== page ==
We released Helado Negro’s Canta Lechuza
in May. Roberto Carlos Lange - the brain and brawn behind Helado Negro - is one of the most prolific musicians on Asthmatic Kitty. In person, he’s calm, cool, sublime, but if you were to judge him by his work output you’d think he were a hermit, a workaholic, holing up 24 hours a day to make music. It’s hard to tell just how he pulls it all off. But he does.
, though just Helado Negro’s second release, is Roberto’s nth release. Honestly, we stopped counting. Sometimes quality is inversely related to quality, but this is definitely not the case for Roberto. This record sounds mature and refined. It’s Roberto discovering the identity of Helado Negro and then skirting over it, flirting with it, turning it over like a Rubick’s Cube. It’s Roberto confident in his voice, in its limitations and range. Canta Lechuza
retains the playfulness of Awe Owe
, but is less sweaty-summer/cold beer, more black tea on woodburning stove. And gone is the more obvious Latino framework of Awe Owe
. What it lacks in that immediate worldliness, it makes up for with subtle confidence. That makes it a little less immediately approachable at first, but any amount of digging rewards listeners with a song like “2º Dia” - an expertly written song, hypnotic and evocative of the best of the 80s: the sound exploration of David Sylvian, or Peter Gabriel’s flirtations with Latino and African music. In July, a little late to the party, Synconation rightly called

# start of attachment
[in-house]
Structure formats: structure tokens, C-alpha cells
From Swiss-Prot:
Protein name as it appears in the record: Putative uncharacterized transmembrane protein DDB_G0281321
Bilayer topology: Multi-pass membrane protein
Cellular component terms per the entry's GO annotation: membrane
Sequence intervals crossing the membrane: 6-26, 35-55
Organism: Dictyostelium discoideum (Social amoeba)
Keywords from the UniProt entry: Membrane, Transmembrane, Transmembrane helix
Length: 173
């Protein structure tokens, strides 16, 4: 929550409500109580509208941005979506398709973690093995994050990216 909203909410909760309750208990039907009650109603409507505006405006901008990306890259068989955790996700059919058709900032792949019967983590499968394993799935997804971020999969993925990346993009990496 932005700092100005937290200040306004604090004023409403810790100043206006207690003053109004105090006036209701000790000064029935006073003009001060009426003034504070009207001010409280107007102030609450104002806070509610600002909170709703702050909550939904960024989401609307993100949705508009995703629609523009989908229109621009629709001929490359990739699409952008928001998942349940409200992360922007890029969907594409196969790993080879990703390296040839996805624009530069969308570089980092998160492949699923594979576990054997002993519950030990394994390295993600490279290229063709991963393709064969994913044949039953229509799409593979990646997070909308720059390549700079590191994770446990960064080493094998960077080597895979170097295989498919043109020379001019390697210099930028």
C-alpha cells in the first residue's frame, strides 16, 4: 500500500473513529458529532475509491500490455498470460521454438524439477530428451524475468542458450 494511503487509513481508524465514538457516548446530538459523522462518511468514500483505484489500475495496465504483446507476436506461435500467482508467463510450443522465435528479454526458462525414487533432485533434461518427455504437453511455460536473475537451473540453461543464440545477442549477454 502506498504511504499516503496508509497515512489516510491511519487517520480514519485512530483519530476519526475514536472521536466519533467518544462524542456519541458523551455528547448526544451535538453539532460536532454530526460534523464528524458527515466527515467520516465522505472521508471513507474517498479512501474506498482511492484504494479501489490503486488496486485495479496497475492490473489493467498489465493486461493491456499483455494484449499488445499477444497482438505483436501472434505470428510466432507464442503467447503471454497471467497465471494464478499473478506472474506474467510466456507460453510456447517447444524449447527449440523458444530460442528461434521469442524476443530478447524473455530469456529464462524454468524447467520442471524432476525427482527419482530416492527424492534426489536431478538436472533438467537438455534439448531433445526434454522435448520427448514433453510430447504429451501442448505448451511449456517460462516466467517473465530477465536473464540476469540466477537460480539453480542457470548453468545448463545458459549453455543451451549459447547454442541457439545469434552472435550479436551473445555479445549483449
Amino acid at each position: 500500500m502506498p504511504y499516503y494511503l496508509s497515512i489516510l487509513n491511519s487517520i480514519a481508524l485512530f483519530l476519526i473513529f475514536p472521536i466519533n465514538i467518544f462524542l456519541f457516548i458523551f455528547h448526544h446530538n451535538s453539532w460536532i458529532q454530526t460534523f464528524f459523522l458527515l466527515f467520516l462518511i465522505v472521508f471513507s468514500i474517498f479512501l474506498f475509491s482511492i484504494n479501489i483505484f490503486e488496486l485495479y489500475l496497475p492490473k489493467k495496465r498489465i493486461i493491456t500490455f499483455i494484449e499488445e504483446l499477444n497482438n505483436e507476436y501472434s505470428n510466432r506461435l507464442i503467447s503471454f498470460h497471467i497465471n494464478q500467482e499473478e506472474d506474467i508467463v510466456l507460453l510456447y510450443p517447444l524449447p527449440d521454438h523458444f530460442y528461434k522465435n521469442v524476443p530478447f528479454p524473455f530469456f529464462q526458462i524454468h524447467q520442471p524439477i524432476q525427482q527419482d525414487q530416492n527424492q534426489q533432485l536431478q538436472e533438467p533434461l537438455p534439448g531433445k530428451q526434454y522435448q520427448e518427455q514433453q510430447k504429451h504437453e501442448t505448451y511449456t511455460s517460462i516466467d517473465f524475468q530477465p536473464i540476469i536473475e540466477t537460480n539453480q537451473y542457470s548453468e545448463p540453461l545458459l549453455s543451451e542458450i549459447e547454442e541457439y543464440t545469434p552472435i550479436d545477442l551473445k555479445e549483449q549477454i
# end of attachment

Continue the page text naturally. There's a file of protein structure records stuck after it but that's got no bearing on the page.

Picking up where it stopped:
the song “a study in the power of restraint within music.” So true.
Most records have short shelf-lives these days. But after an initial lifespan here in the States, Canta Lechuza
spread wings and flew south for the winter and is enjoying something of a re-discovery in Mexico and Latin America. Back in August, Club Fonograma reviewed
the album and loved it, calling it an album “that is simply beyond our time.” The record is #12 in Panamerika’s best of 2011
, and “Lechuguilla” is one of their favorite tracks
. Helado Negro is one of NPR Alt.Latino’s favorite artists this year
. And Wax Poetics has a great video feature
on Helado Negro, exploring his characteristic synthesis of Latino music and electronic beatmaking.
Roberto took a bit of flack for holing up in a cabin to make Canta Lechuza
because another slightly better selling cabin-made album
made cabins a cliché, but honestly, Roberto is about as urban as they come. He lives in the heart of Brooklyn and he absorbs all its stories. He hears them, and then they live in him, in his beard, in his belly, in his brain. Sit with him long enough and you’ve heard stories so well-told you’ll share them too, which means they’re not only good, and funny, but that Roberto has endowed them with meaning and morality that speaks to your soul. He’s good at this because he has a keen ear. The best musicians do; they don’t just make music, they don’t just produce objects for us to consume. They hear the world in its sprawling chaos and then output it in a more organized form for the rest of us. We call that music. And this is what Helado Negro has done with Canta Lechuza
: he’s made music.
currently on sale for $4.99 on Amazon
. Backstory on the record is here
Live at Union Pool
, created by William “Zoe” Fitzgerald
Directed by Santa Maria
” Directed by Gus Gavino
” Animated by Gala Bent
Kill Screen, by Filipe Salgado